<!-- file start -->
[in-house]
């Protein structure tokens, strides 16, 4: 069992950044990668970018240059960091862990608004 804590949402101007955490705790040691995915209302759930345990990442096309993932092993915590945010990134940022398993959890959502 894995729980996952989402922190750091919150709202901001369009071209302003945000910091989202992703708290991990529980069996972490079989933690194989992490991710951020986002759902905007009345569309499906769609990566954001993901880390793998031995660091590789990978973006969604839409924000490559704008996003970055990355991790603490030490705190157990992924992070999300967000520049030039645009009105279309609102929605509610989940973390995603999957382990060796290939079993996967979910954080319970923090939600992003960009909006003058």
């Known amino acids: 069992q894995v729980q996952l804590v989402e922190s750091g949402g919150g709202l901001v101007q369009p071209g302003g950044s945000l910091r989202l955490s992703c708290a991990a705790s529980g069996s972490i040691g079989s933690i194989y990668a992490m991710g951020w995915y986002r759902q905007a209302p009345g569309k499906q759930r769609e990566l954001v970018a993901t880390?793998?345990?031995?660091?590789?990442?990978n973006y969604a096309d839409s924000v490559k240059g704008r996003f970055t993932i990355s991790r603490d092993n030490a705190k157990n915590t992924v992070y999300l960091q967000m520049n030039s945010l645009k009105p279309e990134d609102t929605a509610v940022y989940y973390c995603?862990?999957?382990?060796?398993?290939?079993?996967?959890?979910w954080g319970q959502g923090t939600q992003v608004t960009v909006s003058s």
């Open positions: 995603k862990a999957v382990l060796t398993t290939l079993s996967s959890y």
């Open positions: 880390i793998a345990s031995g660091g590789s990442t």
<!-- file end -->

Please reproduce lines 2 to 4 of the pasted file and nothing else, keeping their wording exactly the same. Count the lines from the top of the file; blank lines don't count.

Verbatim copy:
């Protein structure tokens, strides 16, 4: 069992950044990668970018240059960091862990608004 804590949402101007955490705790040691995915209302759930345990990442096309993932092993915590945010990134940022398993959890959502 894995729980996952989402922190750091919150709202901001369009071209302003945000910091989202992703708290991990529980069996972490079989933690194989992490991710951020986002759902905007009345569309499906769609990566954001993901880390793998031995660091590789990978973006969604839409924000490559704008996003970055990355991790603490030490705190157990992924992070999300967000520049030039645009009105279309609102929605509610989940973390995603999957382990060796290939079993996967979910954080319970923090939600992003960009909006003058």
């Known amino acids: 069992q894995v729980q996952l804590v989402e922190s750091g949402g919150g709202l901001v101007q369009p071209g302003g950044s945000l910091r989202l955490s992703c708290a991990a705790s529980g069996s972490i040691g079989s933690i194989y990668a992490m991710g951020w995915y986002r759902q905007a209302p009345g569309k499906q759930r769609e990566l954001v970018a993901t880390?793998?345990?031995?660091?590789?990442?990978n973006y969604a096309d839409s924000v490559k240059g704008r996003f970055t993932i990355s991790r603490d092993n030490a705190k157990n915590t992924v992070y999300l960091q967000m520049n030039s945010l645009k009105p279309e990134d609102t929605a509610v940022y989940y973390c995603?862990?999957?382990?060796?398993?290939?079993?996967?959890?979910w954080g319970q959502g923090t939600q992003v608004t960009v909006s003058s």
């Open positions: 995603k862990a999957v382990l060796t398993t290939l079993s996967s959890y």